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What metrics can help small businesses owners to assess financial health

Financial Literacy for small business
Ainsley Maloney
Published at | Updated:

Small business owners may one day feel confident and unstoppable; at the top of their game. Then the next day, they may pull a financial report on their business and feel their head spin. Doubt may creep in. With so many metrics to pay attention to, they might feel overwhelmed and shut their laptop, hoping to give it a shot another day.

If this sounds like you, read on.

Colleen Pratt Sarihan, founder of The Crew Consultants, who helps business owners use data to solve problems, believes that financial literacy doesn’t have to mean looking at everything.

“It means taking a step back and deciding what numbers are meaningful for your business and understanding the levers you can pull to maximize your time, talent, and resources,” she said.

We’re going to start small. If you only pull financial reports once a year for your tax accountant, you are missing out on some powerful tools. Now that Q1 2021 has ended, you have 3 months of data to spot trends. Plus, given that April is financial literacy month, there is no better time to get started than today. 

Here are 5 metrics you can pull right now to gain better insight into your businesses’ financial health. 

1. Start with the end in mind

The most crucial report to assess your financial health is a profit and loss (P&L), which is often found under the “Reports” tab of your accounting software. Too often, though, business owners get laser focused on the top number of their P&L: Total (Gross) Income. Hustling to bring in sales becomes their No. 1 goal. But revenue, while important, is only half of the equation, said Steve Kampschmidt, CFP, Founder & Advisor of Freedom Found Financial.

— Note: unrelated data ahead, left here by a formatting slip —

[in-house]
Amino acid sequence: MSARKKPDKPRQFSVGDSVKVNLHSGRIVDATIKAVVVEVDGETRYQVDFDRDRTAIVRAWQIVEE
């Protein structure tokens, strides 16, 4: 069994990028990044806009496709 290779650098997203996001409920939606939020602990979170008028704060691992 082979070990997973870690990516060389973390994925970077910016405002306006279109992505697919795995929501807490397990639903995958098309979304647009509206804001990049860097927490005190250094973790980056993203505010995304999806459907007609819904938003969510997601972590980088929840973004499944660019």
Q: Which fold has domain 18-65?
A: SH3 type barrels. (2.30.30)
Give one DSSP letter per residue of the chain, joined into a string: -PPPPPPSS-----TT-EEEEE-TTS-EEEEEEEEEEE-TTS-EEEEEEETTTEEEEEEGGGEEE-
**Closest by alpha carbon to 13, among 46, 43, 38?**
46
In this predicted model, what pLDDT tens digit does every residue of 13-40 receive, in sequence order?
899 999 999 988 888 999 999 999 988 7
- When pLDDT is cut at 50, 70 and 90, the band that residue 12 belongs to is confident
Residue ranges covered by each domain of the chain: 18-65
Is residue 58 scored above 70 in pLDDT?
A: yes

He advises that clients start not at the top of their P&L, but at the bottom: with net profit. “This is the number that matters,” he said. It’s the money you have left after all expenses and costs are subtracted from revenue. It’s the money you have left to pay yourself a salary, save for emergencies, or put back into the business.

Without it? Simple. “You don’t make money,” he said. “Business owners may start to bring in revenue, get excited, and think it’s okay to increase spending or hire staff,” Kampschmidt said. The problem arises “when everything that’s coming in the front door is going out the back door,” he continued. “It’s better to take a bootstrapped approach and do things in an efficient way. Then as net profit starts growing, consider increasing expenses.” Business owners with money in the bank tend to be proactive rather than reactive, he added.